In other words, the state would end up with more, not fewer, wetlands. And, as the Wisconsin Manufacturers and Commerce has pointed out, the mining company would have had to reclaim and restore the site and abide by a DNR-approved maintenance plan. Companies would also have to acquire a gaggle of air and water and wetland permits, not to mention undergoing intensive federal review.
Not only that, as WMC also observed, the new law would not guarantee that a mine would be approved. The DNR would still have had the decision in its hands, and it could nix any project it felt compromised natural resources too severely. Presumptive approval does not mean final approval.
But that's the problem with the Schultz-Jauch-Holperin environmental crowd. They say they want a mining bill, but in truth they believe any mining project would compromise the environment too severely.
And so they offered up a frivolous piece of legislation that would make sure Wisconsin stays closed for mining business. They put in provisions for contested case hearings, for instance, which is simply the way environmentalists keep projects tied up in court for years.
They put uncertain timelines into the measure, providing for a 540-day permitting process (the Assembly version wrapped things up in 360 days), and then inserted several ways the state could extend the process even more, including allowing the U.S. Army Corp of Engineers to seek a delay. In other words, their bill would have ceded Wisconsin's mining permit process to the federal government. What mining do you think would take place then?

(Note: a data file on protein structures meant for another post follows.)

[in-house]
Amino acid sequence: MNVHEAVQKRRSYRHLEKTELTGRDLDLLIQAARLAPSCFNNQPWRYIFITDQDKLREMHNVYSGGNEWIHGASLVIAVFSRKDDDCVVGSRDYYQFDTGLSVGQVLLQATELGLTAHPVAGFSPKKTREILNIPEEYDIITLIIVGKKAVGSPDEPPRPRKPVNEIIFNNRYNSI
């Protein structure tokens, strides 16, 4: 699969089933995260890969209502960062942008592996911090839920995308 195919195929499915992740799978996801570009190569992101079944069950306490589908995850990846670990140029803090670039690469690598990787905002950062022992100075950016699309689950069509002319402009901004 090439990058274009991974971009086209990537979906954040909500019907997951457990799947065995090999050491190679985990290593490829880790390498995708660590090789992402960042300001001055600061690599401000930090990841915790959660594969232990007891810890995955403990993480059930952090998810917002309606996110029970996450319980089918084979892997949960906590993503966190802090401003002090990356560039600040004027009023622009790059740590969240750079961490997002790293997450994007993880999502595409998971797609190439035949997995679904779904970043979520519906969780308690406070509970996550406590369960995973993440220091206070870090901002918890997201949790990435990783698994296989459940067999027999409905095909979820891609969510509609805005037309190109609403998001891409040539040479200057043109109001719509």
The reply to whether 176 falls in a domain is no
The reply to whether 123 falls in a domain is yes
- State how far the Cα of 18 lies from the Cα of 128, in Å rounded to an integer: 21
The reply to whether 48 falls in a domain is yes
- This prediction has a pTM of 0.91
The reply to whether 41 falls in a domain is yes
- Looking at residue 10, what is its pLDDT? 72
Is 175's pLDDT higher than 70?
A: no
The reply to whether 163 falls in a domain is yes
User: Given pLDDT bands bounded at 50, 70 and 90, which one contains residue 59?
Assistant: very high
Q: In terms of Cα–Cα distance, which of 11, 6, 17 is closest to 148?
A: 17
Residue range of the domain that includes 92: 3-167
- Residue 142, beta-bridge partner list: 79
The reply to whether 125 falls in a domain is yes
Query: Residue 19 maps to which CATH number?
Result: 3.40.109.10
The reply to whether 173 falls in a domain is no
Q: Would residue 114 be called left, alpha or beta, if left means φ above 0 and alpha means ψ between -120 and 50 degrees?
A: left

The long time frame for getting a permit in Wisconsin has been one of the great impediments to mining in the state, and the Schultz-Jauch bill would cement that uncertainty into law.
The Schultz-Jauch bill would also have slapped mining companies with an up-front $25 million tax just to operate for the first five years. Yeah, that's really going to attract investors. Come on to Wisconsin and create jobs, and, for that, we are going to tax you millions of dollars before you even open the gates.
The bill would have added new regulations, WMC observed, such as those for high-capacity wells, that would apply to no other industry, and it wrapped more bureaucracy into the process by injecting a DOA administrative law judge into the process from the get-go.
In short, while the Assembly bill tried to create separate iron-mining legislation to enable mining projects to move safely forward in a reasonable regulatory environment, the Schultz-Jauch bill would have created separate iron-mining legislation just to make sure no iron mine would ever move forward. It was an anti-mining bill. Punitive taxes, an uncertain and lengthy permit process, almost certain protracted litigation and delays, onerous and discriminatory regulations - all those and more add up to subterfuge and sabotage, not compromise.
Opponents of the Assembly bill say the Flambeau mine was successfully permitted under the current rules, and the failure of the Crandon mine was due to serious deficiencies in its application. As such, they reason, the same rules can apply for an iron mine.
The statements about the mines are both true, but there are some serious imperfections in the line of reasoning.